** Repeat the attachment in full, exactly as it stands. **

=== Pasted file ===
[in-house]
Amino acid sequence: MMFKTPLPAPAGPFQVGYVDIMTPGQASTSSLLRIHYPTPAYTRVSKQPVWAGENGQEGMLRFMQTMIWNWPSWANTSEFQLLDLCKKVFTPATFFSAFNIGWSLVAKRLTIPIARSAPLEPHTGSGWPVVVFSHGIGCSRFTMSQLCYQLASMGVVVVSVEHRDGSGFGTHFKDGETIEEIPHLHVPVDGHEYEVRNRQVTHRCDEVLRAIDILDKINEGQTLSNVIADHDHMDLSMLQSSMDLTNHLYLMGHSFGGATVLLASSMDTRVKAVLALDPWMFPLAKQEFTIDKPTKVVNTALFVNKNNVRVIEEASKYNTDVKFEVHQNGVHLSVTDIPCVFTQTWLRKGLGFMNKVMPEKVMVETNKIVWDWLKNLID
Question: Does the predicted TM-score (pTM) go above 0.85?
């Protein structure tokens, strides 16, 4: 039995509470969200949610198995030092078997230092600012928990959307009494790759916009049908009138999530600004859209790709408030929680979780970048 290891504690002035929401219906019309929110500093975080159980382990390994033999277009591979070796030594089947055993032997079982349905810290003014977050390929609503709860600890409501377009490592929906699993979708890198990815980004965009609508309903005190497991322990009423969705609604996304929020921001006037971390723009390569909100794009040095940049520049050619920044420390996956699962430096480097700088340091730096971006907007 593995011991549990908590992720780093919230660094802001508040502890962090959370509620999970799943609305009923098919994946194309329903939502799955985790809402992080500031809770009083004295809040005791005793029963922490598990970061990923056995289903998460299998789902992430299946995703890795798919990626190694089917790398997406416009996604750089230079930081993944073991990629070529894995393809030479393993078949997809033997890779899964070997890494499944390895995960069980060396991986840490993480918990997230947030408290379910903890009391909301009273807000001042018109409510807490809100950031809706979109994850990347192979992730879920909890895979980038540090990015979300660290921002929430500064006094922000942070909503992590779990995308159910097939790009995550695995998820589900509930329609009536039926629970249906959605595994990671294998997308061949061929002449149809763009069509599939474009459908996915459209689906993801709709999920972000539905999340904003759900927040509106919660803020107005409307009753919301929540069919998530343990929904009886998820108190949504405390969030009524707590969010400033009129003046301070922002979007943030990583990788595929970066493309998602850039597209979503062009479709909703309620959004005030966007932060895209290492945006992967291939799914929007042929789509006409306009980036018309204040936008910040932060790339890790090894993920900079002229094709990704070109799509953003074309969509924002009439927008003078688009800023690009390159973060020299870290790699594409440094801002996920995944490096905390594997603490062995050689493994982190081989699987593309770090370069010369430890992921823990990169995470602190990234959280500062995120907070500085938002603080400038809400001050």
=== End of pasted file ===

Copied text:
[in-house]
Amino acid sequence: MMFKTPLPAPAGPFQVGYVDIMTPGQASTSSLLRIHYPTPAYTRVSKQPVWAGENGQEGMLRFMQTMIWNWPSWANTSEFQLLDLCKKVFTPATFFSAFNIGWSLVAKRLTIPIARSAPLEPHTGSGWPVVVFSHGIGCSRFTMSQLCYQLASMGVVVVSVEHRDGSGFGTHFKDGETIEEIPHLHVPVDGHEYEVRNRQVTHRCDEVLRAIDILDKINEGQTLSNVIADHDHMDLSMLQSSMDLTNHLYLMGHSFGGATVLLASSMDTRVKAVLALDPWMFPLAKQEFTIDKPTKVVNTALFVNKNNVRVIEEASKYNTDVKFEVHQNGVHLSVTDIPCVFTQTWLRKGLGFMNKVMPEKVMVETNKIVWDWLKNLID
Question: Does the predicted TM-score (pTM) go above 0.85?
């Protein structure tokens, strides 16, 4: 039995509470969200949610198995030092078997230092600012928990959307009494790759916009049908009138999530600004859209790709408030929680979780970048 290891504690002035929401219906019309929110500093975080159980382990390994033999277009591979070796030594089947055993032997079982349905810290003014977050390929609503709860600890409501377009490592929906699993979708890198990815980004965009609508309903005190497991322990009423969705609604996304929020921001006037971390723009390569909100794009040095940049520049050619920044420390996956699962430096480097700088340091730096971006907007 593995011991549990908590992720780093919230660094802001508040502890962090959370509620999970799943609305009923098919994946194309329903939502799955985790809402992080500031809770009083004295809040005791005793029963922490598990970061990923056995289903998460299998789902992430299946995703890795798919990626190694089917790398997406416009996604750089230079930081993944073991990629070529894995393809030479393993078949997809033997890779899964070997890494499944390895995960069980060396991986840490993480918990997230947030408290379910903890009391909301009273807000001042018109409510807490809100950031809706979109994850990347192979992730879920909890895979980038540090990015979300660290921002929430500064006094922000942070909503992590779990995308159910097939790009995550695995998820589900509930329609009536039926629970249906959605595994990671294998997308061949061929002449149809763009069509599939474009459908996915459209689906993801709709999920972000539905999340904003759900927040509106919660803020107005409307009753919301929540069919998530343990929904009886998820108190949504405390969030009524707590969010400033009129003046301070922002979007943030990583990788595929970066493309998602850039597209979503062009479709909703309620959004005030966007932060895209290492945006992967291939799914929007042929789509006409306009980036018309204040936008910040932060790339890790090894993920900079002229094709990704070109799509953003074309969509924002009439927008003078688009800023690009390159973060020299870290790699594409440094801002996920995944490096905390594997603490062995050689493994982190081989699987593309770090370069010369430890992921823990990169995470602190990234959280500062995120907070500085938002603080400038809400001050």